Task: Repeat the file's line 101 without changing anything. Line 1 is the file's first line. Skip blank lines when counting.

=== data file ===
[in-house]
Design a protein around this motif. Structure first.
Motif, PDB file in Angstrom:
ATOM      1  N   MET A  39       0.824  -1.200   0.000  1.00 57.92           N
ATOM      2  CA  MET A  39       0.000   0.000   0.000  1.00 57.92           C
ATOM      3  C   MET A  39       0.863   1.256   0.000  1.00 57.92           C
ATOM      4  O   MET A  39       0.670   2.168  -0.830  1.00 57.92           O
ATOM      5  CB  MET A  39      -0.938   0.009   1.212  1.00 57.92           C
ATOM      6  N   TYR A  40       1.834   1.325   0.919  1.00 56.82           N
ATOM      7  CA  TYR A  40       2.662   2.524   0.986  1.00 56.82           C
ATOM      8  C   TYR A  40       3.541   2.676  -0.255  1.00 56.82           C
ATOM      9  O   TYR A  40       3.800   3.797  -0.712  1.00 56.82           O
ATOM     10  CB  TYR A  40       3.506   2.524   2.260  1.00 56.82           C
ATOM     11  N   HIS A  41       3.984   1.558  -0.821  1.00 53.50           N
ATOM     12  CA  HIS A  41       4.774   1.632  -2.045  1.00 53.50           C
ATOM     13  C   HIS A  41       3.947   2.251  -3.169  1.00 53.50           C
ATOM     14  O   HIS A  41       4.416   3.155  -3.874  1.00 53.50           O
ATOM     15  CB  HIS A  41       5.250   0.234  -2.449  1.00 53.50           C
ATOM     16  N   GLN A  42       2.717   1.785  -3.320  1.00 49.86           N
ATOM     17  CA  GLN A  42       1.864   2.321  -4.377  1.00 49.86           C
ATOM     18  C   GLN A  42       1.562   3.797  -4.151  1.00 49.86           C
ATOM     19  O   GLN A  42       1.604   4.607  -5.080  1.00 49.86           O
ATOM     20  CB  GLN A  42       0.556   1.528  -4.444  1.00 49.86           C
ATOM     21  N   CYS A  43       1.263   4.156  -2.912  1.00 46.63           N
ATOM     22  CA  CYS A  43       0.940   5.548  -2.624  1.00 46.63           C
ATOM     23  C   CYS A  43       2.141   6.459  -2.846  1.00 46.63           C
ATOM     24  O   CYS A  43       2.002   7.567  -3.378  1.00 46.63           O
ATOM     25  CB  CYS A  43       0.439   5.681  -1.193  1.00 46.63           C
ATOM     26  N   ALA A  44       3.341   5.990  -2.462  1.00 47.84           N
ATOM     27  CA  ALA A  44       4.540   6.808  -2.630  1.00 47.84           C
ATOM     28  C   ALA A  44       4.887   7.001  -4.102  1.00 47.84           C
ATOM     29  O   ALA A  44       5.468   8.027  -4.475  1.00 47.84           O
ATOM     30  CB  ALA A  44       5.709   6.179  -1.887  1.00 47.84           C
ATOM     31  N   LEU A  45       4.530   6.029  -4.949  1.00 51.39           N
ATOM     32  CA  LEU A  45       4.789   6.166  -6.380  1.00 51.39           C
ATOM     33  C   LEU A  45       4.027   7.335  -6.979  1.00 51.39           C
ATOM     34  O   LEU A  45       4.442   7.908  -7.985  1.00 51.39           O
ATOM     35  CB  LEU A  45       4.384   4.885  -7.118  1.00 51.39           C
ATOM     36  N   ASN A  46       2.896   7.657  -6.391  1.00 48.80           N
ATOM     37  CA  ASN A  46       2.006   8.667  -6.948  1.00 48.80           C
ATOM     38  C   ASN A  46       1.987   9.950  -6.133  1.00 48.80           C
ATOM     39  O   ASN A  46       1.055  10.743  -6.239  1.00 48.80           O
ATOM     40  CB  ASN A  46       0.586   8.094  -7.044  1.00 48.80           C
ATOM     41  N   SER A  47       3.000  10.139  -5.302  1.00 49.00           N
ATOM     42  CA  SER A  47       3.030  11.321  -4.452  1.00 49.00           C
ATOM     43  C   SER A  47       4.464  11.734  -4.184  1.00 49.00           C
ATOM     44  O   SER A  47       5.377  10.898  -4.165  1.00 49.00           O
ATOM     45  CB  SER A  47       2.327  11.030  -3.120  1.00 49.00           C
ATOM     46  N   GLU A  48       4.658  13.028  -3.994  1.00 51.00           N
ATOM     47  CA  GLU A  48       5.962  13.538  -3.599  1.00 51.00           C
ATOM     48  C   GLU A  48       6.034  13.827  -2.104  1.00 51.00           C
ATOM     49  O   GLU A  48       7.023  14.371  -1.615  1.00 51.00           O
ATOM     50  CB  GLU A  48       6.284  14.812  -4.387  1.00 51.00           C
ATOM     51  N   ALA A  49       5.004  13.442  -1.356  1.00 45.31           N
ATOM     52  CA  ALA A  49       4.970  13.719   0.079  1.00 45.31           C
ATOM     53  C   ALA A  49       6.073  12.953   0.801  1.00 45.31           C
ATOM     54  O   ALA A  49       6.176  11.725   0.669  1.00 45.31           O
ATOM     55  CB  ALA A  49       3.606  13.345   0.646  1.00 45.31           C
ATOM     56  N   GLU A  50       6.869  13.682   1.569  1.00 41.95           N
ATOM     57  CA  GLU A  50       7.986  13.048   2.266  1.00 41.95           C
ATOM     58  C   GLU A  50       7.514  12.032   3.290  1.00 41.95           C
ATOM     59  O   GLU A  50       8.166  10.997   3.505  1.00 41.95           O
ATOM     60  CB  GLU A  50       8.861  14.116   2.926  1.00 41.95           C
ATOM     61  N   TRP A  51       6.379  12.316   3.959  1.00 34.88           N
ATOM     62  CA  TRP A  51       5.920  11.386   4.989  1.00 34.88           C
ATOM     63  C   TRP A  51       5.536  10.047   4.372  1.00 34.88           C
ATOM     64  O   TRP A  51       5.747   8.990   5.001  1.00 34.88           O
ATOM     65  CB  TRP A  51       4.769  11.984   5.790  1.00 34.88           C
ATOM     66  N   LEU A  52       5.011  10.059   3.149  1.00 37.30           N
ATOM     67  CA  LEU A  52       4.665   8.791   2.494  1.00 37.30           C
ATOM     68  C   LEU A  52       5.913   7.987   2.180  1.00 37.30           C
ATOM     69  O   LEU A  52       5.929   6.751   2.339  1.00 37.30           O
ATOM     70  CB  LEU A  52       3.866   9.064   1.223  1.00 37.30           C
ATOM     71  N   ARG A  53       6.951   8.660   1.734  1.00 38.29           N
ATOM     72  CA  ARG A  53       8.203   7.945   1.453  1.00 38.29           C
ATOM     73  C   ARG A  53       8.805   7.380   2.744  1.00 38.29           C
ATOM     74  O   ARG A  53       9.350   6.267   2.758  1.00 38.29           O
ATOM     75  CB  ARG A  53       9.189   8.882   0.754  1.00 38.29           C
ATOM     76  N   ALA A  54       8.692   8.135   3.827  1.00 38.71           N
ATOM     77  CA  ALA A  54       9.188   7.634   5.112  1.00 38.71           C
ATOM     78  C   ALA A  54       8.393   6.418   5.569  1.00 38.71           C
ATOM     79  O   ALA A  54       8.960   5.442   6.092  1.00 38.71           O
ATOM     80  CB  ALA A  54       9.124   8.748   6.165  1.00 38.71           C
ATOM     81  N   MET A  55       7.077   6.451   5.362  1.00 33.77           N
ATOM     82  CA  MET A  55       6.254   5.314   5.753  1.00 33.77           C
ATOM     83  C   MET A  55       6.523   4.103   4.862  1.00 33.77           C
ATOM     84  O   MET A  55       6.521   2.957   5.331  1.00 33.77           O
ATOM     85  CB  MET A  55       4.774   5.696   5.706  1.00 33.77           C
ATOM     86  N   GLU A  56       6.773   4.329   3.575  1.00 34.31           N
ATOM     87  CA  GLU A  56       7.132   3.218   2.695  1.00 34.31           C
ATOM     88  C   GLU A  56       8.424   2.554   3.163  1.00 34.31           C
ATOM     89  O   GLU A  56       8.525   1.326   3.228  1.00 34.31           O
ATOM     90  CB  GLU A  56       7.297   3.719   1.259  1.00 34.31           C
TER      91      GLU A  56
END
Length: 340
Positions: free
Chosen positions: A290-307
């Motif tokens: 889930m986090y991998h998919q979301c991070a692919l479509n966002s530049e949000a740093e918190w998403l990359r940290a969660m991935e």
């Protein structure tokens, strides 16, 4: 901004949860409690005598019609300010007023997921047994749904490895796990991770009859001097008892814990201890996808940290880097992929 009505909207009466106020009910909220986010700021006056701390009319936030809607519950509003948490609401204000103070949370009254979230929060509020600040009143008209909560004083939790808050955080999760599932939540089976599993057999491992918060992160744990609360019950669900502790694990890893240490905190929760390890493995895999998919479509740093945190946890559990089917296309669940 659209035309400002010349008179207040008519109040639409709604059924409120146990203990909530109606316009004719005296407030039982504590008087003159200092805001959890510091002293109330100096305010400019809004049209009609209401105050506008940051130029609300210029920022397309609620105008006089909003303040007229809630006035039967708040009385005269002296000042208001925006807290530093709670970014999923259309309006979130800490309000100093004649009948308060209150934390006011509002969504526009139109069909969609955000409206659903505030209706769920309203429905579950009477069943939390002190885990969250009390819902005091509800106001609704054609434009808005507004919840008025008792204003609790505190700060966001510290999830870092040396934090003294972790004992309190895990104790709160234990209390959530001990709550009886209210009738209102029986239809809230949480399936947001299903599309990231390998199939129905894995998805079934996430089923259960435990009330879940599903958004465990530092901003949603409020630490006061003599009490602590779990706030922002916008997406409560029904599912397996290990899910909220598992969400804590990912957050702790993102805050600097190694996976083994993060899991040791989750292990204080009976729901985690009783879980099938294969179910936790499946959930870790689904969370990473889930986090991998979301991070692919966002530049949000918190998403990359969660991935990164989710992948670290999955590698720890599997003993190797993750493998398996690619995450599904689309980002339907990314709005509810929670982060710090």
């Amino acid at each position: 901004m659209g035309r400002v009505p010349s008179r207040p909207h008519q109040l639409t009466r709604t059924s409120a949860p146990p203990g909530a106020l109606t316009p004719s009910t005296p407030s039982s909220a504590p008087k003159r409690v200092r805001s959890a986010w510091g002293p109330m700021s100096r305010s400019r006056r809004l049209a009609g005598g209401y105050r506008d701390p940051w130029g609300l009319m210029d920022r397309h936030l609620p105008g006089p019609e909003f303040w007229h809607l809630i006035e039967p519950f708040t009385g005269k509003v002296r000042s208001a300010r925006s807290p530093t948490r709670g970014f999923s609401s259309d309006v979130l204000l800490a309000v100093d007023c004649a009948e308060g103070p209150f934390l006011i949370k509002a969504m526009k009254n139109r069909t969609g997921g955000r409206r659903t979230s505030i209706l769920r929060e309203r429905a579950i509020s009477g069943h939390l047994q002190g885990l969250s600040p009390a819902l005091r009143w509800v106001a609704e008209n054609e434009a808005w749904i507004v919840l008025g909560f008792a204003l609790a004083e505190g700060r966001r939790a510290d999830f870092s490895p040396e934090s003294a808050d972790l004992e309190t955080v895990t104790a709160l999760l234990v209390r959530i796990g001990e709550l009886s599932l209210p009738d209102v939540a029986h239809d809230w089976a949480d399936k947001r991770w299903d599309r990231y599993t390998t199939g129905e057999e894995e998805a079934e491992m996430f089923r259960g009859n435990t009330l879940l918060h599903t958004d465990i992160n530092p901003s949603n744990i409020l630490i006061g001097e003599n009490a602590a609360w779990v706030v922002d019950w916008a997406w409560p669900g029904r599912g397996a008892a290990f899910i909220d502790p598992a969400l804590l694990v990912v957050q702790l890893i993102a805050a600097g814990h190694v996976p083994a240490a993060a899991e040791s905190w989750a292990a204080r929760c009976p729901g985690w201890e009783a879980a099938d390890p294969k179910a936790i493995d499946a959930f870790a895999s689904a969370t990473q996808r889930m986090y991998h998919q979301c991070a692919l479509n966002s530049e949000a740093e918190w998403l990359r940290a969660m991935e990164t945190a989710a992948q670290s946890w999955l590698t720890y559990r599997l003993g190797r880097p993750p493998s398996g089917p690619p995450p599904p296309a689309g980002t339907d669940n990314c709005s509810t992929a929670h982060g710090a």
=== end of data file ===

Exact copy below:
């Amino acid at each position: 901004m659209g035309r400002v009505p010349s008179r207040p909207h008519q109040l639409t009466r709604t059924s409120a949860p146990p203990g909530a106020l109606t316009p004719s009910t005296p407030s039982s909220a504590p008087k003159r409690v200092r805001s959890a986010w510091g002293p109330m700021s100096r305010s400019r006056r809004l049209a009609g005598g209401y105050r506008d701390p940051w130029g609300l009319m210029d920022r397309h936030l609620p105008g006089p019609e909003f303040w007229h809607l809630i006035e039967p519950f708040t009385g005269k509003v002296r000042s208001a300010r925006s807290p530093t948490r709670g970014f999923s609401s259309d309006v979130l204000l800490a309000v100093d007023c004649a009948e308060g103070p209150f934390l006011i949370k509002a969504m526009k009254n139109r069909t969609g997921g955000r409206r659903t979230s505030i209706l769920r929060e309203r429905a579950i509020s009477g069943h939390l047994q002190g885990l969250s600040p009390a819902l005091r009143w509800v106001a609704e008209n054609e434009a808005w749904i507004v919840l008025g909560f008792a204003l609790a004083e505190g700060r966001r939790a510290d999830f870092s490895p040396e934090s003294a808050d972790l004992e309190t955080v895990t104790a709160l999760l234990v209390r959530i796990g001990e709550l009886s599932l209210p009738d209102v939540a029986h239809d809230w089976a949480d399936k947001r991770w299903d599309r990231y599993t390998t199939g129905e057999e894995e998805a079934e491992m996430f089923r259960g009859n435990t009330l879940l918060h599903t958004d465990i992160n530092p901003s949603n744990i409020l630490i006061g001097e003599n009490a602590a609360w779990v706030v922002d019950w916008a997406w409560p669900g029904r599912g397996a008892a290990f899910i909220d502790p598992a969400l804590l694990v990912v957050q702790l890893i993102a805050a600097g814990h190694v996976p083994a240490a993060a899991e040791s905190w989750a292990a204080r929760c009976p729901g985690w201890e009783a879980a099938d390890p294969k179910a936790i493995d499946a959930f870790a895999s689904a969370t990473q996808r889930m986090y991998h998919q979301c991070a692919l479509n966002s530049e949000a740093e918190w998403l990359r940290a969660m991935e990164t945190a989710a992948q670290s946890w999955l590698t720890y559990r599997l003993g190797r880097p993750p493998s398996g089917p690619p995450p599904p296309a689309g980002t339907d669940n990314c709005s509810t992929a929670h982060g710090a």